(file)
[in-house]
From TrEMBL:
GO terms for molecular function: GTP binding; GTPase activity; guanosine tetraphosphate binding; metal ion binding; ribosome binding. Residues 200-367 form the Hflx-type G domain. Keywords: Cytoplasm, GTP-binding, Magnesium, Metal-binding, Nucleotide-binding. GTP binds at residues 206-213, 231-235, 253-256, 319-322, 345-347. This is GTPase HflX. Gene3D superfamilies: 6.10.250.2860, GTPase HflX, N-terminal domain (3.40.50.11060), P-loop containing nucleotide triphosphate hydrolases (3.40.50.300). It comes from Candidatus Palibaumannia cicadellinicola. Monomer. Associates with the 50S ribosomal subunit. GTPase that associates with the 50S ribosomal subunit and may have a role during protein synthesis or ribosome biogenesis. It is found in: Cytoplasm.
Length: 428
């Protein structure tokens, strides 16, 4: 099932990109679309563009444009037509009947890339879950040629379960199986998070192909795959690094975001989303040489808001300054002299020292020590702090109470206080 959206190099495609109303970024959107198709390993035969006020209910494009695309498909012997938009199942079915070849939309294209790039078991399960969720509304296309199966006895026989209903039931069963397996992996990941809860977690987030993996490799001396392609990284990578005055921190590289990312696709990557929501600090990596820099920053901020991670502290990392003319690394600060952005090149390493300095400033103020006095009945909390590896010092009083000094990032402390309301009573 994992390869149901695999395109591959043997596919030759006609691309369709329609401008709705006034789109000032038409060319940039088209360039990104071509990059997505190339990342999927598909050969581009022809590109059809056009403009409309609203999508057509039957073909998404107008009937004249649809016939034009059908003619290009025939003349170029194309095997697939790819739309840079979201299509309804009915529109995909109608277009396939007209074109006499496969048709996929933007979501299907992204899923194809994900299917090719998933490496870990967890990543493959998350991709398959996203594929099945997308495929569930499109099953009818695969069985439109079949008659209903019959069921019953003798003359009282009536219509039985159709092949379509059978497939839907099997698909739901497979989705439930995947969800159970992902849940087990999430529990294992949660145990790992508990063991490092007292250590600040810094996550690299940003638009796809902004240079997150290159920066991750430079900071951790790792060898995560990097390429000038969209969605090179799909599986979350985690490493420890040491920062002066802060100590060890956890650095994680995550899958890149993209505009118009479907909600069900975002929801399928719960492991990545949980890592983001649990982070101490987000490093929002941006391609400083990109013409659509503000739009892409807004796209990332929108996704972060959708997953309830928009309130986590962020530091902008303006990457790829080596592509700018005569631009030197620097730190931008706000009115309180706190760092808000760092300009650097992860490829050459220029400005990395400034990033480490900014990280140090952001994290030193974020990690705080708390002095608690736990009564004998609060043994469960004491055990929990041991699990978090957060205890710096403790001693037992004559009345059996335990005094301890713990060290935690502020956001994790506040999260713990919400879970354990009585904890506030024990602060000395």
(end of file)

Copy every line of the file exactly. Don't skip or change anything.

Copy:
[in-house]
From TrEMBL:
GO terms for molecular function: GTP binding; GTPase activity; guanosine tetraphosphate binding; metal ion binding; ribosome binding. Residues 200-367 form the Hflx-type G domain. Keywords: Cytoplasm, GTP-binding, Magnesium, Metal-binding, Nucleotide-binding. GTP binds at residues 206-213, 231-235, 253-256, 319-322, 345-347. This is GTPase HflX. Gene3D superfamilies: 6.10.250.2860, GTPase HflX, N-terminal domain (3.40.50.11060), P-loop containing nucleotide triphosphate hydrolases (3.40.50.300). It comes from Candidatus Palibaumannia cicadellinicola. Monomer. Associates with the 50S ribosomal subunit. GTPase that associates with the 50S ribosomal subunit and may have a role during protein synthesis or ribosome biogenesis. It is found in: Cytoplasm.
Length: 428
């Protein structure tokens, strides 16, 4: 099932990109679309563009444009037509009947890339879950040629379960199986998070192909795959690094975001989303040489808001300054002299020292020590702090109470206080 959206190099495609109303970024959107198709390993035969006020209910494009695309498909012997938009199942079915070849939309294209790039078991399960969720509304296309199966006895026989209903039931069963397996992996990941809860977690987030993996490799001396392609990284990578005055921190590289990312696709990557929501600090990596820099920053901020991670502290990392003319690394600060952005090149390493300095400033103020006095009945909390590896010092009083000094990032402390309301009573 994992390869149901695999395109591959043997596919030759006609691309369709329609401008709705006034789109000032038409060319940039088209360039990104071509990059997505190339990342999927598909050969581009022809590109059809056009403009409309609203999508057509039957073909998404107008009937004249649809016939034009059908003619290009025939003349170029194309095997697939790819739309840079979201299509309804009915529109995909109608277009396939007209074109006499496969048709996929933007979501299907992204899923194809994900299917090719998933490496870990967890990543493959998350991709398959996203594929099945997308495929569930499109099953009818695969069985439109079949008659209903019959069921019953003798003359009282009536219509039985159709092949379509059978497939839907099997698909739901497979989705439930995947969800159970992902849940087990999430529990294992949660145990790992508990063991490092007292250590600040810094996550690299940003638009796809902004240079997150290159920066991750430079900071951790790792060898995560990097390429000038969209969605090179799909599986979350985690490493420890040491920062002066802060100590060890956890650095994680995550899958890149993209505009118009479907909600069900975002929801399928719960492991990545949980890592983001649990982070101490987000490093929002941006391609400083990109013409659509503000739009892409807004796209990332929108996704972060959708997953309830928009309130986590962020530091902008303006990457790829080596592509700018005569631009030197620097730190931008706000009115309180706190760092808000760092300009650097992860490829050459220029400005990395400034990033480490900014990280140090952001994290030193974020990690705080708390002095608690736990009564004998609060043994469960004491055990929990041991699990978090957060205890710096403790001693037992004559009345059996335990005094301890713990060290935690502020956001994790506040999260713990919400879970354990009585904890506030024990602060000395």